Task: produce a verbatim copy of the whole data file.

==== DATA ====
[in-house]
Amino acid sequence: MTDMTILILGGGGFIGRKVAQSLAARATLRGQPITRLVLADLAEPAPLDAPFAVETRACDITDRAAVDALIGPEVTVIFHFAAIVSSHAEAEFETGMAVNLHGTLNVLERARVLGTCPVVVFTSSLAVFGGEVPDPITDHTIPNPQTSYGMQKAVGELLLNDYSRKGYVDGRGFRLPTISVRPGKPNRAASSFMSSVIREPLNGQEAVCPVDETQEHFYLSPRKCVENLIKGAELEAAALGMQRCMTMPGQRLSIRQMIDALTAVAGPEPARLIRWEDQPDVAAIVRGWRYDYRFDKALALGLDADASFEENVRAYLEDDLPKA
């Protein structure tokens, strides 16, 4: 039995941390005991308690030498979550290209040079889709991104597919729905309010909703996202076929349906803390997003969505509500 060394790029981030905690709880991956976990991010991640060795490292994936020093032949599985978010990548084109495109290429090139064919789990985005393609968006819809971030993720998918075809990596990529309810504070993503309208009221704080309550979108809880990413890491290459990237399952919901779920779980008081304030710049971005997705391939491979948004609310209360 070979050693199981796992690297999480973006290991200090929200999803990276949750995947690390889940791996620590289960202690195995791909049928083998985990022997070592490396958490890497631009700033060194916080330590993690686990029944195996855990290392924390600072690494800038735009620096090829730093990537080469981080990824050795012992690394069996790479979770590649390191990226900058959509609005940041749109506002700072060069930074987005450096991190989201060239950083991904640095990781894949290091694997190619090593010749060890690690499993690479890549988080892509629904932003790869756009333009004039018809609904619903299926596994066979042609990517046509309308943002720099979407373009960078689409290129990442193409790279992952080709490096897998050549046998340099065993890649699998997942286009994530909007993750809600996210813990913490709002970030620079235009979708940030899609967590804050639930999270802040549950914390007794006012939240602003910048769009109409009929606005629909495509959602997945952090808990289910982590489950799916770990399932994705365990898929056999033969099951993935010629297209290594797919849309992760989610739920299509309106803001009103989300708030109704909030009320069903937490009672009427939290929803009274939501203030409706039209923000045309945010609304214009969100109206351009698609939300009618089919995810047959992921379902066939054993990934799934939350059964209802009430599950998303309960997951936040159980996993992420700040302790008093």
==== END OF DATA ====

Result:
[in-house]
Amino acid sequence: MTDMTILILGGGGFIGRKVAQSLAARATLRGQPITRLVLADLAEPAPLDAPFAVETRACDITDRAAVDALIGPEVTVIFHFAAIVSSHAEAEFETGMAVNLHGTLNVLERARVLGTCPVVVFTSSLAVFGGEVPDPITDHTIPNPQTSYGMQKAVGELLLNDYSRKGYVDGRGFRLPTISVRPGKPNRAASSFMSSVIREPLNGQEAVCPVDETQEHFYLSPRKCVENLIKGAELEAAALGMQRCMTMPGQRLSIRQMIDALTAVAGPEPARLIRWEDQPDVAAIVRGWRYDYRFDKALALGLDADASFEENVRAYLEDDLPKA
């Protein structure tokens, strides 16, 4: 039995941390005991308690030498979550290209040079889709991104597919729905309010909703996202076929349906803390997003969505509500 060394790029981030905690709880991956976990991010991640060795490292994936020093032949599985978010990548084109495109290429090139064919789990985005393609968006819809971030993720998918075809990596990529309810504070993503309208009221704080309550979108809880990413890491290459990237399952919901779920779980008081304030710049971005997705391939491979948004609310209360 070979050693199981796992690297999480973006290991200090929200999803990276949750995947690390889940791996620590289960202690195995791909049928083998985990022997070592490396958490890497631009700033060194916080330590993690686990029944195996855990290392924390600072690494800038735009620096090829730093990537080469981080990824050795012992690394069996790479979770590649390191990226900058959509609005940041749109506002700072060069930074987005450096991190989201060239950083991904640095990781894949290091694997190619090593010749060890690690499993690479890549988080892509629904932003790869756009333009004039018809609904619903299926596994066979042609990517046509309308943002720099979407373009960078689409290129990442193409790279992952080709490096897998050549046998340099065993890649699998997942286009994530909007993750809600996210813990913490709002970030620079235009979708940030899609967590804050639930999270802040549950914390007794006012939240602003910048769009109409009929606005629909495509959602997945952090808990289910982590489950799916770990399932994705365990898929056999033969099951993935010629297209290594797919849309992760989610739920299509309106803001009103989300708030109704909030009320069903937490009672009427939290929803009274939501203030409706039209923000045309945010609304214009969100109206351009698609939300009618089919995810047959992921379902066939054993990934799934939350059964209802009430599950998303309960997951936040159980996993992420700040302790008093």